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Friday Five: Does Income Inequality Increase Innovation?

On Fridays we bring you the week’s best from around the web. This week’s round-up includes an explanation for why capitalism has reduced the number of wars, a qualified defense of income inequality, and more.

Learn to Stop Worrying and Love Income Inequality by Stan Veuger, U.S. News & World Report

All in all, this research suggests that some 20 percent of the increase in the share of income going to the top 1 percent since the mid-70s was caused by innovation alone. That may not sound like that much—but of course, we can’t just eliminate only the inequality we don’t like and keep the inequality that incentivized people to innovate. Bad news, perhaps, for those who would like to spread the wealth around.

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The United States of Diversity by Charles Murray, Commentary

You may reasonably question whether America at the Founding was truly as culturally diverse as it is now. After all, the free population consisted almost entirely of Protestants whose ancestors were English or Scottish. And yet it was.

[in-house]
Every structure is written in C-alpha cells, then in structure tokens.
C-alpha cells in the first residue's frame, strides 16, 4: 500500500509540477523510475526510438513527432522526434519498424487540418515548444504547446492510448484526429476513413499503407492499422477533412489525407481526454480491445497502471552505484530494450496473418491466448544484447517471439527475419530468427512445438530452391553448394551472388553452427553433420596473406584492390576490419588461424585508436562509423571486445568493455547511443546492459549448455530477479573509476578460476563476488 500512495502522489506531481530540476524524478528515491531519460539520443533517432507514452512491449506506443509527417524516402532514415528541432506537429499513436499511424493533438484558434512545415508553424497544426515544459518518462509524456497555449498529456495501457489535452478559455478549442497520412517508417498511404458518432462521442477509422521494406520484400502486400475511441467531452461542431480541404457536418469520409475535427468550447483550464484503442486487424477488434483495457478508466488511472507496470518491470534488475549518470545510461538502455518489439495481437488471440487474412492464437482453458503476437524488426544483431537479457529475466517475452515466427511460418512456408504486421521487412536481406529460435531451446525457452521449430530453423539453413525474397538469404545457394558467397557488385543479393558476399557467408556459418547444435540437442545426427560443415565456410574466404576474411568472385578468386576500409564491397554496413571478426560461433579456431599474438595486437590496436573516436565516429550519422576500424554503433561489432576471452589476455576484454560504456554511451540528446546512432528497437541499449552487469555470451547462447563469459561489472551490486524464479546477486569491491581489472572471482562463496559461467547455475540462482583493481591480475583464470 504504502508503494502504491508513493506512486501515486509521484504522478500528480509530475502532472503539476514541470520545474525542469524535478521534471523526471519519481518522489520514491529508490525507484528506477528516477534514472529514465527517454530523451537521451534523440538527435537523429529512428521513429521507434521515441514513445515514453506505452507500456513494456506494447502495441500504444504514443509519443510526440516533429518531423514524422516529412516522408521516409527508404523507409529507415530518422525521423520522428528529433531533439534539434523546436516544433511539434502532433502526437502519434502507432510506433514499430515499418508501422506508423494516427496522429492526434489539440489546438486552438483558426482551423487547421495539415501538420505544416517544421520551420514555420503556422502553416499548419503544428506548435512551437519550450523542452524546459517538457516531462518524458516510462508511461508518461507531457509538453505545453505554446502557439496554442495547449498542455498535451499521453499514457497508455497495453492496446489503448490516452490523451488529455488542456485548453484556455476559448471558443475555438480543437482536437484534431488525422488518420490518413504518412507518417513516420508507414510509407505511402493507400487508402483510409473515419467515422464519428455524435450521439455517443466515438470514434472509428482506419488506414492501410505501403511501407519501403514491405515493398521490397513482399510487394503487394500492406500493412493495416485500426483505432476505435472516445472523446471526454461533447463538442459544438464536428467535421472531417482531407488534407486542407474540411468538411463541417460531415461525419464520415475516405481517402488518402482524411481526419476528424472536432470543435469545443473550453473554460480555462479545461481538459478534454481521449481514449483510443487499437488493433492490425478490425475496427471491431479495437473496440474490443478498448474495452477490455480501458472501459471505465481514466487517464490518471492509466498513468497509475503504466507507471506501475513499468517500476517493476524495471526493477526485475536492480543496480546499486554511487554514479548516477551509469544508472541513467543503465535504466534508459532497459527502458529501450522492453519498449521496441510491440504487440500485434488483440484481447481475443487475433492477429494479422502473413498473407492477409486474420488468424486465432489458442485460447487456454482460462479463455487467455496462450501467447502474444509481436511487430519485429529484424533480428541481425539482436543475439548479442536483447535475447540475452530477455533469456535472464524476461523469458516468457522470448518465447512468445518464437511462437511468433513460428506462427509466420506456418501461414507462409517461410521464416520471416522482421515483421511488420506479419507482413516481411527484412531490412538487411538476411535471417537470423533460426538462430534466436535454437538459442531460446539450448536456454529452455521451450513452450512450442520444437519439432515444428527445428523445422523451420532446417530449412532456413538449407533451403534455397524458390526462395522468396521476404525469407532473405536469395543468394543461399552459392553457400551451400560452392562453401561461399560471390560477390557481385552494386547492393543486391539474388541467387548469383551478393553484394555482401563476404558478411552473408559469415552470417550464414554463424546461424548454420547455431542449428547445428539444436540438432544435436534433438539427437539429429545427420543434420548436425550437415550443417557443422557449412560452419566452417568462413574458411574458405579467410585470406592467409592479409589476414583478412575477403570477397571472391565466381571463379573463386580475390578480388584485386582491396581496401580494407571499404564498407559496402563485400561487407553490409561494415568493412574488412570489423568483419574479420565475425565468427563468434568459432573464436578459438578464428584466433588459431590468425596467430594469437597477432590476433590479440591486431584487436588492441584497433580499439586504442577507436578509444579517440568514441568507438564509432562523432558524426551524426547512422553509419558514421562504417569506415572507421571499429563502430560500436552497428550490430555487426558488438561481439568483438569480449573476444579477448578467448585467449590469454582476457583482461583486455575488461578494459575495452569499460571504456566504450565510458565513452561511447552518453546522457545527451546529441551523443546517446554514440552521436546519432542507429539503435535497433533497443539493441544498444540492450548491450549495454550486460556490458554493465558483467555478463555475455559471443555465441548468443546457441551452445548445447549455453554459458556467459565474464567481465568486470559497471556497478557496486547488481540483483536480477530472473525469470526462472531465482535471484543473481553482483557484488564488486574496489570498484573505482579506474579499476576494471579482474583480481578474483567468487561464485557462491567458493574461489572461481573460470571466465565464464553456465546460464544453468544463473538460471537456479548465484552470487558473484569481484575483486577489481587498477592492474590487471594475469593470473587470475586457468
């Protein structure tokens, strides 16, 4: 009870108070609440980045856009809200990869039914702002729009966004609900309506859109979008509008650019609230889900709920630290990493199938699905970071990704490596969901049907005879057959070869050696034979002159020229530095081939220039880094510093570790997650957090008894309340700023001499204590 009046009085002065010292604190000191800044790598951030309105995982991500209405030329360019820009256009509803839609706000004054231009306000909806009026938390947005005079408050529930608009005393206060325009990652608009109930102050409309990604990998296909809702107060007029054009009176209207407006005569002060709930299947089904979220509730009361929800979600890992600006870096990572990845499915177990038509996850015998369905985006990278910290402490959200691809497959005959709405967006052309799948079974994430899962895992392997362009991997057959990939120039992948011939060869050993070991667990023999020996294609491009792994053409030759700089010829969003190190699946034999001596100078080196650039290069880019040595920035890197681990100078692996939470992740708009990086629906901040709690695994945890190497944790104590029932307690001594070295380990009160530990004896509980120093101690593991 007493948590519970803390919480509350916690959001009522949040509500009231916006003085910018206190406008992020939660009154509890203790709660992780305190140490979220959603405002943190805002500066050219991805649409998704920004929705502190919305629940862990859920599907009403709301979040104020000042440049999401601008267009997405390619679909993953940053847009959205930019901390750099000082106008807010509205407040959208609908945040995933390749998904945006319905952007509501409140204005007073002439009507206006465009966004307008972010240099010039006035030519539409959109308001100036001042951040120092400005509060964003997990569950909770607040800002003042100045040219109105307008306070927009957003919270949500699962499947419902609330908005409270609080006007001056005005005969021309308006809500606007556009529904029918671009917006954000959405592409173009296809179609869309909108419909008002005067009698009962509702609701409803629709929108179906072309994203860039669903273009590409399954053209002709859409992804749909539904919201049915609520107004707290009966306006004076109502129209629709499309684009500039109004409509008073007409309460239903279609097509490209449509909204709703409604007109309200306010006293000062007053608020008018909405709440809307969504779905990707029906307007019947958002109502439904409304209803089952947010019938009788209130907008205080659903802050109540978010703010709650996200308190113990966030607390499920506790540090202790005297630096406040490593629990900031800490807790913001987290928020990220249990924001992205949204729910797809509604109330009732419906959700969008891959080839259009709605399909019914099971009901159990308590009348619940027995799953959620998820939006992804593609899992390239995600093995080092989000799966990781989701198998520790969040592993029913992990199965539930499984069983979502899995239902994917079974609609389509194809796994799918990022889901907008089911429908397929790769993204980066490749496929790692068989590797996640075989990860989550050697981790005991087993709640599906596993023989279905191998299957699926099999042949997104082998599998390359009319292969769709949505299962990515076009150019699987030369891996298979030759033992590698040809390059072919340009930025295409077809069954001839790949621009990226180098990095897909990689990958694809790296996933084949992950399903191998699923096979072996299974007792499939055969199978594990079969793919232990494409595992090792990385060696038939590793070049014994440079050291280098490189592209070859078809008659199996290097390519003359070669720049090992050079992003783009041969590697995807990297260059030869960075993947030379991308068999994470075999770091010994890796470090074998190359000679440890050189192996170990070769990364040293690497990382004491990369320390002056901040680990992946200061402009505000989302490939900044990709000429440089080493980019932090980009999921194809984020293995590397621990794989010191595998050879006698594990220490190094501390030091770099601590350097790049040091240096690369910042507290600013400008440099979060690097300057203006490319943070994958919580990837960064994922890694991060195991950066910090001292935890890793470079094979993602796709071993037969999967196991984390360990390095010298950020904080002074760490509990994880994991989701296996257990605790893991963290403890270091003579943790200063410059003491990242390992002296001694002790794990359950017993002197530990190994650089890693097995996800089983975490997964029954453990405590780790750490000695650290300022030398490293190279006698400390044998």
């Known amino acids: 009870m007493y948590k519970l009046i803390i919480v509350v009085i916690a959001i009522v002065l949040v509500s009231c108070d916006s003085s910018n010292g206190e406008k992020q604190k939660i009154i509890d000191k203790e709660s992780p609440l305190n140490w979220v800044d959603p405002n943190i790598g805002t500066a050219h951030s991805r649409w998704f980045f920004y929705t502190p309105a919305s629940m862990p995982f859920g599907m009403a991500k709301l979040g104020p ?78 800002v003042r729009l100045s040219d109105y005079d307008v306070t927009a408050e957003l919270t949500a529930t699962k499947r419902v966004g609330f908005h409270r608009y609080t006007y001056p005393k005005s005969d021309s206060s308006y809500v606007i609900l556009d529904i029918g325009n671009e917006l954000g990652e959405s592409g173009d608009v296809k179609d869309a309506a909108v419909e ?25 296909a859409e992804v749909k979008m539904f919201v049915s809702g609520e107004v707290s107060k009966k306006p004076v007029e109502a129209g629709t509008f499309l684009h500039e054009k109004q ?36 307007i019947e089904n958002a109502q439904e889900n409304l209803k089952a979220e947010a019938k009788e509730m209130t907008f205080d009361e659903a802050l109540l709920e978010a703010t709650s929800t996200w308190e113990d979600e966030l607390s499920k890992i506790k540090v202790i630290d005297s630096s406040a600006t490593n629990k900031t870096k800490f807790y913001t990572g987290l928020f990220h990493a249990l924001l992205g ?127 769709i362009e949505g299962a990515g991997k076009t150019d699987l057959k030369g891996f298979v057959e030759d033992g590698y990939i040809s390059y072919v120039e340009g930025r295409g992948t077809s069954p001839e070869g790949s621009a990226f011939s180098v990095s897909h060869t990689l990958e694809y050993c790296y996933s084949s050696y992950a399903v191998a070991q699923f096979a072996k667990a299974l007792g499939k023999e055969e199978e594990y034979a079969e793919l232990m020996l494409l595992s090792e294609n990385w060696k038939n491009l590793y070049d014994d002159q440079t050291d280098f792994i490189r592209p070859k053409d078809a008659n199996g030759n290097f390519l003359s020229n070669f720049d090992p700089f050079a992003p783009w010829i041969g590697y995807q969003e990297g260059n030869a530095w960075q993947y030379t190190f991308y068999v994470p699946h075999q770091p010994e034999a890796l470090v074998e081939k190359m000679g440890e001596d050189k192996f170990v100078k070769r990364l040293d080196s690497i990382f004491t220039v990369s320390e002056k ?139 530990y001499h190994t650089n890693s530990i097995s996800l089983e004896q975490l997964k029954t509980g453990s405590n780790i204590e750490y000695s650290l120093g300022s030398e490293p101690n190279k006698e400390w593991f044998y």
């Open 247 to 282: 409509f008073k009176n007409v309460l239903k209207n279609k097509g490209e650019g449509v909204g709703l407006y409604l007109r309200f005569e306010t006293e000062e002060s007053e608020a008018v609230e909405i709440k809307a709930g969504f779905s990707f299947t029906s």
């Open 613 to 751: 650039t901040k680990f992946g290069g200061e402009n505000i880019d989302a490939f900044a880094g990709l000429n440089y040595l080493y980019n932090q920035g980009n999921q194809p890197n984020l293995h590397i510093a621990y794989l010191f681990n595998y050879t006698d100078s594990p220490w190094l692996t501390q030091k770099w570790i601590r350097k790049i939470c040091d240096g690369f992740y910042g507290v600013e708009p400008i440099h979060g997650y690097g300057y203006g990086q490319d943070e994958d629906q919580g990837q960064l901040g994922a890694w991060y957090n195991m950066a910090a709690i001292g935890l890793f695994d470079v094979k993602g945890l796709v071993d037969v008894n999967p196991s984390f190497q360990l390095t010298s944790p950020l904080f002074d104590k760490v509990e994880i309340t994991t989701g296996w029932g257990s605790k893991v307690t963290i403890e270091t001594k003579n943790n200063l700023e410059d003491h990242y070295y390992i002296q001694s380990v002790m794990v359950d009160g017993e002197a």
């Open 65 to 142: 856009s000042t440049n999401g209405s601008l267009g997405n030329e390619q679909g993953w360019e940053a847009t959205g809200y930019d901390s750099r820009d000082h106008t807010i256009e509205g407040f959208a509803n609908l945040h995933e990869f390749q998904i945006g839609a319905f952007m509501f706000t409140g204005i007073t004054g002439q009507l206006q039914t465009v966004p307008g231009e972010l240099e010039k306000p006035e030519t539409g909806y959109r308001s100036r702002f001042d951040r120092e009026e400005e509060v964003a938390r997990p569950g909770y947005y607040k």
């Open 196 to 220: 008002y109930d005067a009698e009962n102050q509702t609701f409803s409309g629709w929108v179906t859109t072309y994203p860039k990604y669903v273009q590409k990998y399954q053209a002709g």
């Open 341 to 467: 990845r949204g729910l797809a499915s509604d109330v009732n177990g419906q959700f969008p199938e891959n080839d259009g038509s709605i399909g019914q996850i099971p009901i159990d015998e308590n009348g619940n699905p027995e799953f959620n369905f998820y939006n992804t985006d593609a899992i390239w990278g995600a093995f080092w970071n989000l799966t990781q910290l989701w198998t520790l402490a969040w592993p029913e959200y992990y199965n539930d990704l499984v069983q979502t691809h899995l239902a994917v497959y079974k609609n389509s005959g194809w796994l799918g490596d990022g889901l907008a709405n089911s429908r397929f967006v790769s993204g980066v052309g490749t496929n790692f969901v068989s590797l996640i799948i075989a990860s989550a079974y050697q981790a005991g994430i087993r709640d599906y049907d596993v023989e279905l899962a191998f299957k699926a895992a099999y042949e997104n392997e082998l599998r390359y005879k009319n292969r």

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Renaissance: The Power of the Gospel However Dark the Times Os Guinness, Acton Institute

We live in dark times. Christians wonder: Are the best days of the Christian faith behind us? Has modernity made Christian thought irrelevant and impotent? Is society beyond all hope of redemption and renewal? In “Renaissance,” Os Guinness declares no.

 “Steven Pinker Explains How Capitalism Is Killing War by Zack Beauchamp, Vox

The idea that war is on the decline—that is, that there are fewer wars today and fewer people are dying from them than ever before—is hard for a lot of people to believe. And yet the data makes a very compelling case that that’s true.

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How to Not Be Depressed About National News by Brian Brown, Center for a Just Society

“Restoring All Things” is a book for people who want to take the problems of the family, the community, the church, and pitch in with both hands to help make something better. That’s because it’s a book that is filled almost entirely with stories of people who, usually on a human scale, are doing exactly that.

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